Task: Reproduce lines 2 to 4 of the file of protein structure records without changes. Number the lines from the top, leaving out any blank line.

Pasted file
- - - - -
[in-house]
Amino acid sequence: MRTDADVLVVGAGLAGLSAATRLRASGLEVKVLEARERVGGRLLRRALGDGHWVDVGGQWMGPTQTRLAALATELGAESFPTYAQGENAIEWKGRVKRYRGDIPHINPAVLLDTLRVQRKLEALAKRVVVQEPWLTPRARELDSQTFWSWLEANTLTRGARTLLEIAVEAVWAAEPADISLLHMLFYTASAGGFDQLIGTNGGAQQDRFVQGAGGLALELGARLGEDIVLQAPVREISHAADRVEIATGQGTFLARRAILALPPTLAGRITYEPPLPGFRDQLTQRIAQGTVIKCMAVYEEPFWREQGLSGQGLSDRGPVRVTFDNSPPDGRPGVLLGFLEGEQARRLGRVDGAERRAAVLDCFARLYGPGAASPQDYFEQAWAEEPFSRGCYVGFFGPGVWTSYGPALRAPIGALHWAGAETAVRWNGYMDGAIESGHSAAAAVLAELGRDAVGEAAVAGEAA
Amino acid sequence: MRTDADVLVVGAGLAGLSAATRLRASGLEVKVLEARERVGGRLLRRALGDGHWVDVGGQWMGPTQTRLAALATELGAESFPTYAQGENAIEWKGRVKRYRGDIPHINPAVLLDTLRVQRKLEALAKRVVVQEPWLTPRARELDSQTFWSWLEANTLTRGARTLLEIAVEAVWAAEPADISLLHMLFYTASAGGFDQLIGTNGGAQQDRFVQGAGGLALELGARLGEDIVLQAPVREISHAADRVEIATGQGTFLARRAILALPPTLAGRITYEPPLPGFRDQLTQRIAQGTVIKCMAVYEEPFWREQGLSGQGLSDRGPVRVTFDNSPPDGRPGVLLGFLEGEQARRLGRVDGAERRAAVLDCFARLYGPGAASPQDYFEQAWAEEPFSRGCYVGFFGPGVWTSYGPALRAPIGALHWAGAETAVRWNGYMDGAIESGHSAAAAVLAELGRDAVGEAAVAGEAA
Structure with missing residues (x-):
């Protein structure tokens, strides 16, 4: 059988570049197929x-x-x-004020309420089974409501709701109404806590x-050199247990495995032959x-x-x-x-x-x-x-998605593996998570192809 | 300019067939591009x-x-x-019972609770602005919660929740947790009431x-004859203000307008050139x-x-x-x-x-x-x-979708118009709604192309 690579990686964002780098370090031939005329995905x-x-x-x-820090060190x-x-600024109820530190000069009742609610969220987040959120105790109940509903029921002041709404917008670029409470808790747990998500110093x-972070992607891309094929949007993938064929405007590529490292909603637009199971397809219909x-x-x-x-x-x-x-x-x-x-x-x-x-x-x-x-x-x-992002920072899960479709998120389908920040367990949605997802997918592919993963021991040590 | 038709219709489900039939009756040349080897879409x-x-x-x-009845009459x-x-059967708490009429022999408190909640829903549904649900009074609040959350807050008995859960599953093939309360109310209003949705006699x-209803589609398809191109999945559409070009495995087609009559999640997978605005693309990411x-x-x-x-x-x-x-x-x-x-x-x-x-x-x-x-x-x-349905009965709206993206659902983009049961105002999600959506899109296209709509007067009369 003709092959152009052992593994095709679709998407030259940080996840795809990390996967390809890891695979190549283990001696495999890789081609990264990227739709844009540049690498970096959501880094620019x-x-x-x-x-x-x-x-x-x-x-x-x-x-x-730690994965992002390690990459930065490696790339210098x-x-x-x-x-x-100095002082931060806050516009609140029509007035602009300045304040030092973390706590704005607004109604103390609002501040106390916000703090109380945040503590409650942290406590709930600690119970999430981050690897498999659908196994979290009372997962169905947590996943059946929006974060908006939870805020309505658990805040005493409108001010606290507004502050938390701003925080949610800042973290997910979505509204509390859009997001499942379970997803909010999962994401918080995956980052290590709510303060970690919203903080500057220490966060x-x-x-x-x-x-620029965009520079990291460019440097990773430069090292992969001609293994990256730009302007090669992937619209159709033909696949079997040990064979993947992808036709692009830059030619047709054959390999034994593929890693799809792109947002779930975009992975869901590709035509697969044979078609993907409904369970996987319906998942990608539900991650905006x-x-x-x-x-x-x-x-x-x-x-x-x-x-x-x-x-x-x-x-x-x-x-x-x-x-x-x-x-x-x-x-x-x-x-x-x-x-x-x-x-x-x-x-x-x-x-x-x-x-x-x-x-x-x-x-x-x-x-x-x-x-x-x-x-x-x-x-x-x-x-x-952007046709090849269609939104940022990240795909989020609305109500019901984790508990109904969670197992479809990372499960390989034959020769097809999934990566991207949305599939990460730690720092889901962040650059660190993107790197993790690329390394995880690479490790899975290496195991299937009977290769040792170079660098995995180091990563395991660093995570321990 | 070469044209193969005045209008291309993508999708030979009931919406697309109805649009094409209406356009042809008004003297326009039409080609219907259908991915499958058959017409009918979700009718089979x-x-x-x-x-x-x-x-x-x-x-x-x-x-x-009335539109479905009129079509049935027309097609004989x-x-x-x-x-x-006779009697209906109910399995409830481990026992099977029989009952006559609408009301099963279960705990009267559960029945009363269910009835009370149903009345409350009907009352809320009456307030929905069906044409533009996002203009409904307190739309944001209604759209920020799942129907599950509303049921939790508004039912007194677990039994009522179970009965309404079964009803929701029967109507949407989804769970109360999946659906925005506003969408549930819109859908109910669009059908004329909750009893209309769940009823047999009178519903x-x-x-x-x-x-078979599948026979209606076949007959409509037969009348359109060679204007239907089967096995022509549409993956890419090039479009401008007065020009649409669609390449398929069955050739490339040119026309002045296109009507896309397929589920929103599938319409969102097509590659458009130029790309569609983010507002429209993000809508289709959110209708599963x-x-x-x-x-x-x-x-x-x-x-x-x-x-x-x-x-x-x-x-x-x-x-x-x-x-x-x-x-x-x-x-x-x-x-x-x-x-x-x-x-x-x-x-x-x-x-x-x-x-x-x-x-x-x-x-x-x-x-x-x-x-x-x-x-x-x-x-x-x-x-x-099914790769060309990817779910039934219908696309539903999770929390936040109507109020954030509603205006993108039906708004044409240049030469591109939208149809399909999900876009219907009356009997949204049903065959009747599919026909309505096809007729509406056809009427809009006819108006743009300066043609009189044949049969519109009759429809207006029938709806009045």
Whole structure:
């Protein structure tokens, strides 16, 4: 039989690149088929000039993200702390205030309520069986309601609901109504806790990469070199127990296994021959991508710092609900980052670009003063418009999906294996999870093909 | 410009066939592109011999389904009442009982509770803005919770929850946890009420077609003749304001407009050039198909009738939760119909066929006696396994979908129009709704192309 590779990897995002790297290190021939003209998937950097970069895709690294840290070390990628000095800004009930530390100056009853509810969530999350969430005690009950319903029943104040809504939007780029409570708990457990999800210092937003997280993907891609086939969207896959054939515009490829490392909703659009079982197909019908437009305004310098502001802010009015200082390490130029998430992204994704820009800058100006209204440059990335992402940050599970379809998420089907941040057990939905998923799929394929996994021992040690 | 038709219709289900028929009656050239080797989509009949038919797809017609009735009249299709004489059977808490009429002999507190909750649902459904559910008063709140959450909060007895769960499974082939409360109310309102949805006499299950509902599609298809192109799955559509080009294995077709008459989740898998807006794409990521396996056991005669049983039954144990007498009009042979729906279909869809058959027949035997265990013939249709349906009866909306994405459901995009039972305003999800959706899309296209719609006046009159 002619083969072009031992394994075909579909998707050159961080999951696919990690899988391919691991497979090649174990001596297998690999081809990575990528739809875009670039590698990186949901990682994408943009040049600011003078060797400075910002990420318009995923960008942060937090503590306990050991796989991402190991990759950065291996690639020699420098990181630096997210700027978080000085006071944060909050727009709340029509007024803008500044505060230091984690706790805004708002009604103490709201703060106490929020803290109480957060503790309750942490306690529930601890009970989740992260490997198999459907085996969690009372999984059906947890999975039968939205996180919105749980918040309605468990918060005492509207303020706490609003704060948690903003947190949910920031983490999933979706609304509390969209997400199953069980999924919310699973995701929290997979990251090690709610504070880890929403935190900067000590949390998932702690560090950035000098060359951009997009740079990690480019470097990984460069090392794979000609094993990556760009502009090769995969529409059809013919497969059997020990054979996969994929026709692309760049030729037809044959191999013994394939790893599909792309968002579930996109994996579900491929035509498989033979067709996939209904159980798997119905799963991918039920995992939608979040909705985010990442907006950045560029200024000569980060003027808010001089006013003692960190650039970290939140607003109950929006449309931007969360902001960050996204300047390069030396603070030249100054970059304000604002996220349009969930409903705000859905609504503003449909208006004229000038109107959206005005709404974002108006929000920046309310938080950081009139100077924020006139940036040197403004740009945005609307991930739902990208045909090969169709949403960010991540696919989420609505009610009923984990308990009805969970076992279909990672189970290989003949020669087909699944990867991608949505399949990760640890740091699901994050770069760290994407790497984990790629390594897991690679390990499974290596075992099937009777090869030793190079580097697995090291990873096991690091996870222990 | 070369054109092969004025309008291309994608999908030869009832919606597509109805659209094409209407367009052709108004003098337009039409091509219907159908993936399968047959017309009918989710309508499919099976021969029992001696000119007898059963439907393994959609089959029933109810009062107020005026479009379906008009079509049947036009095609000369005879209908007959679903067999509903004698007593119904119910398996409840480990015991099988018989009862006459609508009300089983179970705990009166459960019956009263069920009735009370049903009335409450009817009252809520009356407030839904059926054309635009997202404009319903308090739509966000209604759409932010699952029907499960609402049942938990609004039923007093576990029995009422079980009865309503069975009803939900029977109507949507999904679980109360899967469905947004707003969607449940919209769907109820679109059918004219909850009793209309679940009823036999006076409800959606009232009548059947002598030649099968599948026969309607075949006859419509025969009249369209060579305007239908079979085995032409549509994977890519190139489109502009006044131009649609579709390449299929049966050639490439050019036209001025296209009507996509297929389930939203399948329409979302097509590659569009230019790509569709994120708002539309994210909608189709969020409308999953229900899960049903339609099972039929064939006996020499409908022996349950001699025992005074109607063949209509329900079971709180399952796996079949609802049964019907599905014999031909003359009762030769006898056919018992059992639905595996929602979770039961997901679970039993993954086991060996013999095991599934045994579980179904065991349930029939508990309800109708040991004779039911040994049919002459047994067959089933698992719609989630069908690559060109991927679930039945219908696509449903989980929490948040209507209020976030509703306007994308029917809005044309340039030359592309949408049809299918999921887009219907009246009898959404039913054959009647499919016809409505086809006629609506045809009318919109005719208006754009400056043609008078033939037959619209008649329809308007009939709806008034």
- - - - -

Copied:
Amino acid sequence: MRTDADVLVVGAGLAGLSAATRLRASGLEVKVLEARERVGGRLLRRALGDGHWVDVGGQWMGPTQTRLAALATELGAESFPTYAQGENAIEWKGRVKRYRGDIPHINPAVLLDTLRVQRKLEALAKRVVVQEPWLTPRARELDSQTFWSWLEANTLTRGARTLLEIAVEAVWAAEPADISLLHMLFYTASAGGFDQLIGTNGGAQQDRFVQGAGGLALELGARLGEDIVLQAPVREISHAADRVEIATGQGTFLARRAILALPPTLAGRITYEPPLPGFRDQLTQRIAQGTVIKCMAVYEEPFWREQGLSGQGLSDRGPVRVTFDNSPPDGRPGVLLGFLEGEQARRLGRVDGAERRAAVLDCFARLYGPGAASPQDYFEQAWAEEPFSRGCYVGFFGPGVWTSYGPALRAPIGALHWAGAETAVRWNGYMDGAIESGHSAAAAVLAELGRDAVGEAAVAGEAA
Amino acid sequence: MRTDADVLVVGAGLAGLSAATRLRASGLEVKVLEARERVGGRLLRRALGDGHWVDVGGQWMGPTQTRLAALATELGAESFPTYAQGENAIEWKGRVKRYRGDIPHINPAVLLDTLRVQRKLEALAKRVVVQEPWLTPRARELDSQTFWSWLEANTLTRGARTLLEIAVEAVWAAEPADISLLHMLFYTASAGGFDQLIGTNGGAQQDRFVQGAGGLALELGARLGEDIVLQAPVREISHAADRVEIATGQGTFLARRAILALPPTLAGRITYEPPLPGFRDQLTQRIAQGTVIKCMAVYEEPFWREQGLSGQGLSDRGPVRVTFDNSPPDGRPGVLLGFLEGEQARRLGRVDGAERRAAVLDCFARLYGPGAASPQDYFEQAWAEEPFSRGCYVGFFGPGVWTSYGPALRAPIGALHWAGAETAVRWNGYMDGAIESGHSAAAAVLAELGRDAVGEAAVAGEAA
Structure with missing residues (x-):